And it was only that I was so young and willing and eager and ambitious that I was able to accomplish - to a great, you know, to a great success. The directors and the editors and all that stuff really covered my tracks and made it easy for me.
SIMON: Lest people think that the Teamsters have some kind of wake-up service, we'll explain - they're the union that runs the livery in Hollywood and really, most of the country.
Mr. FOX: Yeah, you can tell their kids at the playground 'cause they're the ones watching everybody else play.
(Soundbite of laughter)
SIMON: OK, I want it understood: You're making jokes about Teamsters, I'm not.
Mr. FOX: I have a lot of friends. They'll understand.
SIMON: Mr. Fox, do you learn more from success or disappointment and even failure?
Mr. FOX: I think you learn more from disappointment. But I think that success loses its sheen after a while and you begin to see that there's no such thing as absolute success, that there's always failure and there's always disappointment and there's always loss. But the secret is learning from the loss and realizing that none of those holes are vacuums.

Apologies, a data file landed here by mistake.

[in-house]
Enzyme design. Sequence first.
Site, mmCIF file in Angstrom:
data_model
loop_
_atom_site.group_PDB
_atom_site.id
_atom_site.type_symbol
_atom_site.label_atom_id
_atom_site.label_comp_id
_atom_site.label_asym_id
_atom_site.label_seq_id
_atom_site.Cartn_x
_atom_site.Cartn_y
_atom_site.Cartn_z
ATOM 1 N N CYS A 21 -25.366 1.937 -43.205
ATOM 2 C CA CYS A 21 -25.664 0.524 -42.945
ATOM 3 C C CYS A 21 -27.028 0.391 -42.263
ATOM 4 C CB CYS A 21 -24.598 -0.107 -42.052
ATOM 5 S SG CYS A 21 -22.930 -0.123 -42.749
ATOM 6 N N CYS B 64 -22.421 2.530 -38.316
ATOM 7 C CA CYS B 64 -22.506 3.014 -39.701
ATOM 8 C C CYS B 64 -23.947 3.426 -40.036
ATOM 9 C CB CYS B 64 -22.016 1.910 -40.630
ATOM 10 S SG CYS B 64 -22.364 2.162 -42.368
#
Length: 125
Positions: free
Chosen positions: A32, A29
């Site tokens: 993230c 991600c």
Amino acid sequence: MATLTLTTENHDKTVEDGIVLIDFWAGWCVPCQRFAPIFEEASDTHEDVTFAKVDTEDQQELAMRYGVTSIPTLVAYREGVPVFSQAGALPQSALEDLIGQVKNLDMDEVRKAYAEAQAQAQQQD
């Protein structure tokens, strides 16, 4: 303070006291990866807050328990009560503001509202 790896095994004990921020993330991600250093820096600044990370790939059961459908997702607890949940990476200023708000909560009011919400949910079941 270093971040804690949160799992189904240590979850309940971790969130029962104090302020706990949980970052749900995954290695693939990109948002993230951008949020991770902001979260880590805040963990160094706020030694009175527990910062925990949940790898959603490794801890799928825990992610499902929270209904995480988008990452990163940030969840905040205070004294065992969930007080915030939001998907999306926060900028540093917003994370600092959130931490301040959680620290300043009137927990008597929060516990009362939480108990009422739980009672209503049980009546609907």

Theyll be filled up. And if you try to fill them up with ego or a kind of immediate gratification, you're going to short-shrift yourself and you're going to lose the opportunity to find out what happens when you give the loss space to fill itself and let life kind of come in and fill the cracks.
SIMON: Yeah. We're speaking with Michael J. Fox. He has a new book out, "A Funny Thing Happened on the Way to the Future." You do say in the book that youve learned from your illness.